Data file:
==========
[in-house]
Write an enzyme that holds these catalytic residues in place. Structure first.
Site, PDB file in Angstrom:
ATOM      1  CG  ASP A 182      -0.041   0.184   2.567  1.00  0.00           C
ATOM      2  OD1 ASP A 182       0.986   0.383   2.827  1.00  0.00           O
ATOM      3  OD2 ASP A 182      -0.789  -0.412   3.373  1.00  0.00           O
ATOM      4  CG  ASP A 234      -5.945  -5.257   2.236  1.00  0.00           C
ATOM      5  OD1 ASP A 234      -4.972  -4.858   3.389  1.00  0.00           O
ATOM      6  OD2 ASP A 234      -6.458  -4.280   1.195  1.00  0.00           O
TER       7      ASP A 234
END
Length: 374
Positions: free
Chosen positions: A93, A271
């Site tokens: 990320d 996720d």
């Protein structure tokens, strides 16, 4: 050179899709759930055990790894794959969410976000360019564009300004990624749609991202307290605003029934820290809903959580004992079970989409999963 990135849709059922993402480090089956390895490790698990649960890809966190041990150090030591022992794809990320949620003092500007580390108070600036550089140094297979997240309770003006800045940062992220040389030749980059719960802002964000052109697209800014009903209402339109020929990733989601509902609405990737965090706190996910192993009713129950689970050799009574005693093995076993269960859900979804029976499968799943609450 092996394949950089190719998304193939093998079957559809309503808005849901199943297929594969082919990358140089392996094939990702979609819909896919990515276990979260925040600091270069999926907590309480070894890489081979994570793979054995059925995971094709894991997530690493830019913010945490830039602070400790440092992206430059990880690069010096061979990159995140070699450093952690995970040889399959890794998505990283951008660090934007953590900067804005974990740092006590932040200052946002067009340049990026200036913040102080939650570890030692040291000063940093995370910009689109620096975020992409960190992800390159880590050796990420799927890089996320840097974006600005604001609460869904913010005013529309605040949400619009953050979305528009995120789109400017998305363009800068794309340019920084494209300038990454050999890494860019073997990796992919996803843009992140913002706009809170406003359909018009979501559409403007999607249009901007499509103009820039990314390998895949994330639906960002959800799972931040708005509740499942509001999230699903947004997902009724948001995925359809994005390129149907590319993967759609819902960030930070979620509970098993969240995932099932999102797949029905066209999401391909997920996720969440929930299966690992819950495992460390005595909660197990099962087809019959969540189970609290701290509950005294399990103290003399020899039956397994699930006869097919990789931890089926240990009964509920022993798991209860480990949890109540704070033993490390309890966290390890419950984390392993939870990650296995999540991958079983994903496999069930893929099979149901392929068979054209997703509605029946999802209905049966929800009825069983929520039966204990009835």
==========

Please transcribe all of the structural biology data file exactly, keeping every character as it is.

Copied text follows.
[in-house]
Write an enzyme that holds these catalytic residues in place. Structure first.
Site, PDB file in Angstrom:
ATOM      1  CG  ASP A 182      -0.041   0.184   2.567  1.00  0.00           C
ATOM      2  OD1 ASP A 182       0.986   0.383   2.827  1.00  0.00           O
ATOM      3  OD2 ASP A 182      -0.789  -0.412   3.373  1.00  0.00           O
ATOM      4  CG  ASP A 234      -5.945  -5.257   2.236  1.00  0.00           C
ATOM      5  OD1 ASP A 234      -4.972  -4.858   3.389  1.00  0.00           O
ATOM      6  OD2 ASP A 234      -6.458  -4.280   1.195  1.00  0.00           O
TER       7      ASP A 234
END
Length: 374
Positions: free
Chosen positions: A93, A271
């Site tokens: 990320d 996720d």
């Protein structure tokens, strides 16, 4: 050179899709759930055990790894794959969410976000360019564009300004990624749609991202307290605003029934820290809903959580004992079970989409999963 990135849709059922993402480090089956390895490790698990649960890809966190041990150090030591022992794809990320949620003092500007580390108070600036550089140094297979997240309770003006800045940062992220040389030749980059719960802002964000052109697209800014009903209402339109020929990733989601509902609405990737965090706190996910192993009713129950689970050799009574005693093995076993269960859900979804029976499968799943609450 092996394949950089190719998304193939093998079957559809309503808005849901199943297929594969082919990358140089392996094939990702979609819909896919990515276990979260925040600091270069999926907590309480070894890489081979994570793979054995059925995971094709894991997530690493830019913010945490830039602070400790440092992206430059990880690069010096061979990159995140070699450093952690995970040889399959890794998505990283951008660090934007953590900067804005974990740092006590932040200052946002067009340049990026200036913040102080939650570890030692040291000063940093995370910009689109620096975020992409960190992800390159880590050796990420799927890089996320840097974006600005604001609460869904913010005013529309605040949400619009953050979305528009995120789109400017998305363009800068794309340019920084494209300038990454050999890494860019073997990796992919996803843009992140913002706009809170406003359909018009979501559409403007999607249009901007499509103009820039990314390998895949994330639906960002959800799972931040708005509740499942509001999230699903947004997902009724948001995925359809994005390129149907590319993967759609819902960030930070979620509970098993969240995932099932999102797949029905066209999401391909997920996720969440929930299966690992819950495992460390005595909660197990099962087809019959969540189970609290701290509950005294399990103290003399020899039956397994699930006869097919990789931890089926240990009964509920022993798991209860480990949890109540704070033993490390309890966290390890419950984390392993939870990650296995999540991958079983994903496999069930893929099979149901392929068979054209997703509605029946999802209905049966929800009825069983929520039966204990009835």